As Hakk spoke, his voice quiet, his advisors leaned forward to hear, their faces open and reverent, their eyes unblinking. They watched his lips as his words unveiled a new world for them. For their country. For the world.

What he said made their heartbeats quicken.


Andrew had watched the men enter the hut. He noted that only one man stood guard in the doorway, the guard Heang from the beach. From his location, Andrew could see into the hut through a window and he watched Hakk talking. He wanted to get closer.

He approached the stables from the back. From this location, he could smell that the stalls needed a good cleaning and some fresh hay. He stepped to the front to see the offending creatures.

The stable revealed a large gray beast, whose left eye watched Andrew, transfixed. The elephant was the largest Andrew had seen. It huffed at him, a question. She and her companion had been fed, an extra large bucket each, and so were content and untroubled by their visitor. Watching her, Andrew christened her Jane and her son Dick. Andrew was about to move in to the stable, as figured it would be a good place to watch the action, out of the rain, when he heard voices.

He slipped back behind the stable and watched Heang approach, carrying something in his hand. Andrew assumed it was a gun. He didn’t know if he should bolt for the cover of the jungle or stay put.

Heang went right into the stable, where Andrew could no longer see him. He could hear Heang speaking in quiet Khmer, in a gentle sing song tone. Andrew ventured closer to the stable window to peer in.

Heang was sitting on a plastic bucket feeding the vast elephant grapes from his hand. He caressed the large animal’s face and sang a lullaby while Jane ate.

After a few minutes, snack time over, Heang patted the animal’s trunk, brushed off his trousers and walked back to the hut. He wiped his feet on the dirt outside and walked in.

Andrew watched this scene, considering his options. He could draw Heang to the stable and maybe take him out by force. But the odds were still too great; there were too many men. And who knew if there were a few men more patrolling the woods, though Andrew had not seen anyone on his approach up the hill. He didn’t even have a weapon at this point. With a glance at the animals, he retreated to the edge of the woods and waited.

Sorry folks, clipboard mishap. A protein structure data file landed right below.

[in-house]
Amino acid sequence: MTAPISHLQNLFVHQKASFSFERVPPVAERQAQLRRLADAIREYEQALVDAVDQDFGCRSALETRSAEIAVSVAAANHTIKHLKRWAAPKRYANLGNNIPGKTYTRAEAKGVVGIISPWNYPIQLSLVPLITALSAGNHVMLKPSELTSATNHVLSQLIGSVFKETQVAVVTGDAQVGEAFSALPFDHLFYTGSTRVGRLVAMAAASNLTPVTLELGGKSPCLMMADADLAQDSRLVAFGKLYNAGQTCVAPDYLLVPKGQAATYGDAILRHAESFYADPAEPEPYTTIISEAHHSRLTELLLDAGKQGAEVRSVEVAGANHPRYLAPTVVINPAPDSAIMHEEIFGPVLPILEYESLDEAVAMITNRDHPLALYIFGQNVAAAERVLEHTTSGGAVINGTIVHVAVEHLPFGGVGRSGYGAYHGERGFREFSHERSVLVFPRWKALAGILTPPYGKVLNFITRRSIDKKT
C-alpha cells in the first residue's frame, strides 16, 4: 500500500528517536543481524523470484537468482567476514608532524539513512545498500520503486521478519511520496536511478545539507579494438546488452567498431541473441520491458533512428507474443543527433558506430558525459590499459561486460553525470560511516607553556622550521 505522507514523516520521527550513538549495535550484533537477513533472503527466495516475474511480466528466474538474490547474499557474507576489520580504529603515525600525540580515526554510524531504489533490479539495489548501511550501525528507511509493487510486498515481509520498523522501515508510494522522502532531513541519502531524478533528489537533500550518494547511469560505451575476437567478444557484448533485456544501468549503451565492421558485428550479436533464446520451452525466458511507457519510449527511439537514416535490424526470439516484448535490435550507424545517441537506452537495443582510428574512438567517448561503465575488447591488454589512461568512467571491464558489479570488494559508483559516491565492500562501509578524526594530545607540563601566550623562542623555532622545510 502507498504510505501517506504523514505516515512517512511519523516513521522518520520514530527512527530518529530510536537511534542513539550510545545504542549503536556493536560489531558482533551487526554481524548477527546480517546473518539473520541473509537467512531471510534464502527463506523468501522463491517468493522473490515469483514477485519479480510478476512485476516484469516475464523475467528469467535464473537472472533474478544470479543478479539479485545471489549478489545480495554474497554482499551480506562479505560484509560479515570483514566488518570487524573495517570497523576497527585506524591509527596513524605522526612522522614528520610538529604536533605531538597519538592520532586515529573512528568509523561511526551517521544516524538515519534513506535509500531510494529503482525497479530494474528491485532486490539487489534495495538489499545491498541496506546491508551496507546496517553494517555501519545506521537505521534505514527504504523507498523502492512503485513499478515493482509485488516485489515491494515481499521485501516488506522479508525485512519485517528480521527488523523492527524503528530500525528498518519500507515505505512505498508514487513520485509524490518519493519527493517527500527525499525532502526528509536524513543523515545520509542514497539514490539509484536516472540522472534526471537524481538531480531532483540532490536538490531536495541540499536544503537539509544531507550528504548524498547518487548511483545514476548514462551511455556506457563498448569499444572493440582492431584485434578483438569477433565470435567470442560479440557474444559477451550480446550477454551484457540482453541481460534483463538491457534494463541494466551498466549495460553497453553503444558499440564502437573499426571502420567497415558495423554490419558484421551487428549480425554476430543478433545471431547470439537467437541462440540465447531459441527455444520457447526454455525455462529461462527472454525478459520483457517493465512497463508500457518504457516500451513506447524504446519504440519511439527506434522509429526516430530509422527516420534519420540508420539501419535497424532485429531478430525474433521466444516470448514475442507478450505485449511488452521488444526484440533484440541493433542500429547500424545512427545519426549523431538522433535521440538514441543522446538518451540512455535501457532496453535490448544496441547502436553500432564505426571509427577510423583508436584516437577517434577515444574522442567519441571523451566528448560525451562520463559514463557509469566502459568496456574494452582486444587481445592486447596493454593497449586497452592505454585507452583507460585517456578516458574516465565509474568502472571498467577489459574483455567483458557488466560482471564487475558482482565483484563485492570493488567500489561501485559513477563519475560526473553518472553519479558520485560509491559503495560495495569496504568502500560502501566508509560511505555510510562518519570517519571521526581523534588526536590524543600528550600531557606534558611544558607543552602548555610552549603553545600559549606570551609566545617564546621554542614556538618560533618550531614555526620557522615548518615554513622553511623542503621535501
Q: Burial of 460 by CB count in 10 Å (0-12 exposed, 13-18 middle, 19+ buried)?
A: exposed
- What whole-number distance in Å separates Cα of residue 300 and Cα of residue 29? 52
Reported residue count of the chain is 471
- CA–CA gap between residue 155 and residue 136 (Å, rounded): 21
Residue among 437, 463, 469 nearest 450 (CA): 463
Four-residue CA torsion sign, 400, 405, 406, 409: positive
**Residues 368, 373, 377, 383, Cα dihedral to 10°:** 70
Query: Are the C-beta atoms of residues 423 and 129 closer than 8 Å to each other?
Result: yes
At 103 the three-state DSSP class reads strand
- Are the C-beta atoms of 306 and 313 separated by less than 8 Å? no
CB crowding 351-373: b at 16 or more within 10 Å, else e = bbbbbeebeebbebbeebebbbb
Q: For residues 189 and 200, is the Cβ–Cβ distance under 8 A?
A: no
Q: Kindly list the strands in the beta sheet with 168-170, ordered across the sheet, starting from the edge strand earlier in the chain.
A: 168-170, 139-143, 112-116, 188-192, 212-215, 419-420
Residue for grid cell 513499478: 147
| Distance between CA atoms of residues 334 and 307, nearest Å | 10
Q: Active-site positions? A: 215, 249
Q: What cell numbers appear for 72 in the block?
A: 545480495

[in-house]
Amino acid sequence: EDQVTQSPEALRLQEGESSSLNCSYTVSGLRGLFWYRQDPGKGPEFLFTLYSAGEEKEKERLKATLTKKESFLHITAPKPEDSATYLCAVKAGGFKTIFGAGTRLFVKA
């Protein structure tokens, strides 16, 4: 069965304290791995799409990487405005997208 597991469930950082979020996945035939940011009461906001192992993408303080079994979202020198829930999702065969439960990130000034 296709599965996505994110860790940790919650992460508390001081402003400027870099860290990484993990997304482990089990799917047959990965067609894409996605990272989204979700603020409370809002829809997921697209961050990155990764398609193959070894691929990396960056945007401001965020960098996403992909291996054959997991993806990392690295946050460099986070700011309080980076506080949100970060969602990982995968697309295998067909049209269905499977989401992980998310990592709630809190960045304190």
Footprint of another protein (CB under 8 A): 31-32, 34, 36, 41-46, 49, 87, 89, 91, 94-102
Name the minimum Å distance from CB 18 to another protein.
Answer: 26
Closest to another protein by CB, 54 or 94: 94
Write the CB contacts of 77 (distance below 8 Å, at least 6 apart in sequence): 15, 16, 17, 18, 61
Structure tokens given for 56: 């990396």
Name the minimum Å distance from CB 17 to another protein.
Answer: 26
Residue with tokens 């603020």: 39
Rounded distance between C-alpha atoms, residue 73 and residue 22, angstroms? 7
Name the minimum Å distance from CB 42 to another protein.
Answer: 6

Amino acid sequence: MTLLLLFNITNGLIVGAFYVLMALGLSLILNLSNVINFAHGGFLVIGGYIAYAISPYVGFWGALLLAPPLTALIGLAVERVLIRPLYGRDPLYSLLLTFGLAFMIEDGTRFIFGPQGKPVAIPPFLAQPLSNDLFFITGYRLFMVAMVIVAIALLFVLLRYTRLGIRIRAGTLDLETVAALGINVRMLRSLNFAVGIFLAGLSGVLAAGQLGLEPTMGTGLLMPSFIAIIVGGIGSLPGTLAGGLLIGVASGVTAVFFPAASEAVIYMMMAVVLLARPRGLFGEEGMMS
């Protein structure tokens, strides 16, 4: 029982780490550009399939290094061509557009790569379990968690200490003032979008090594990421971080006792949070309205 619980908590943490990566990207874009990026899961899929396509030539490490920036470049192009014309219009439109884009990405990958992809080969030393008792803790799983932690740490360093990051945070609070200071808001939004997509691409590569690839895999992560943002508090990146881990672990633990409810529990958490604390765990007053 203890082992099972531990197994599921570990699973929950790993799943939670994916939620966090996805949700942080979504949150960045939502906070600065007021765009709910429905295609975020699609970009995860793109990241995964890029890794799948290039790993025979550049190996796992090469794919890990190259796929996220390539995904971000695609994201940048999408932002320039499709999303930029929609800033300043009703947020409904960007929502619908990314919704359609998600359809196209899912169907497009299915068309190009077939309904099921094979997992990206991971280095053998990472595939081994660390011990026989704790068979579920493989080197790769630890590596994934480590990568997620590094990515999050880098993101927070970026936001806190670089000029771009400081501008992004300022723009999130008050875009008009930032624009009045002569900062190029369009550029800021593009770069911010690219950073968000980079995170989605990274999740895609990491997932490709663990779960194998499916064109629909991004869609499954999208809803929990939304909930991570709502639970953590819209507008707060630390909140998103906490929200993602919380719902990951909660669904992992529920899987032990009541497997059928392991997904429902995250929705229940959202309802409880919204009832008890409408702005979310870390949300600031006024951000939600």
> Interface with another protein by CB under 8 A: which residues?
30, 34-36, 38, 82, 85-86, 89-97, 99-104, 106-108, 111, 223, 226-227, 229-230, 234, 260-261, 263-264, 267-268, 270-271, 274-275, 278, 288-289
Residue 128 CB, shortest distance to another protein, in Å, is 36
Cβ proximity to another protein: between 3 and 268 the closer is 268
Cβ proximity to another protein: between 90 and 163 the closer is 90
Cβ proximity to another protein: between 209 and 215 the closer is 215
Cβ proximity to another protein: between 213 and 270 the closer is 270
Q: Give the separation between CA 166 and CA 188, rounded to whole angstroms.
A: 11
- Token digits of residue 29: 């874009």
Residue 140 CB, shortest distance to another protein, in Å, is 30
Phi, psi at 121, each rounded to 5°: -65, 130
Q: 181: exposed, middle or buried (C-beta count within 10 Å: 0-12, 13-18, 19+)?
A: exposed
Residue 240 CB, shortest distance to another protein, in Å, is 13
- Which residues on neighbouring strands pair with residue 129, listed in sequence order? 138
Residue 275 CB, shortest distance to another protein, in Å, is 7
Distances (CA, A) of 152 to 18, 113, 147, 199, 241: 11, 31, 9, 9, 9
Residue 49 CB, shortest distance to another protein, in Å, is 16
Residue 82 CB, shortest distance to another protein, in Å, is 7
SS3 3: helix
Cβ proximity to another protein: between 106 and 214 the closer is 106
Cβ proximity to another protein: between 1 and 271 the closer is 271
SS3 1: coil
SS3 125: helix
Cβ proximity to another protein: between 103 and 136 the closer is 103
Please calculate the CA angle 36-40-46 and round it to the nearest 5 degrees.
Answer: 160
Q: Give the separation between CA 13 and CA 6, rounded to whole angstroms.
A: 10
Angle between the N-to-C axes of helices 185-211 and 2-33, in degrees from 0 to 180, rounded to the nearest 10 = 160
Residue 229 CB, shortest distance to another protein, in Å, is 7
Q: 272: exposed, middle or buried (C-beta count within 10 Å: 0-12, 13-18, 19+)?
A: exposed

Chapter 34

Hours later, Andrew fretted in the woods, hungry and cold, knowing he was wasting time but certain that he could stop Hakk’s plan, if he could just get inside that hut.

All day, he’d watched the men at the table. From Andrew’s vantage point, he could see Hakk lecture his men. Andrew caught an occasional familiar-sounding word, but they spoke mostly in Khmer and without Socheat’s help, he understood little of it. The men had eaten a simple meal, prepared by Heang, of rice in coconut milk. Andrew had watched as Heang sliced the rind from the fruit and tended the fire.

Each man in turn had left the hut to venture into the woods, presumably, Andrew figured, to relieve themselves. During all of this, Andrew had kept his eyes trained on the hut.

At one point, after several hours, an argument had erupted inside the hut, between two of the men, their yelling waking Andrew from an uneasy snooze. Hakk had silenced them with a word and resumed.

While Andrew waited, he built a rough sling-shot from a supple twig and a thin elastic from his waist band. He used to build them when he was a kid, terrorizing the neighborhood squirrels. Not an ideal weapon, but it would have to do.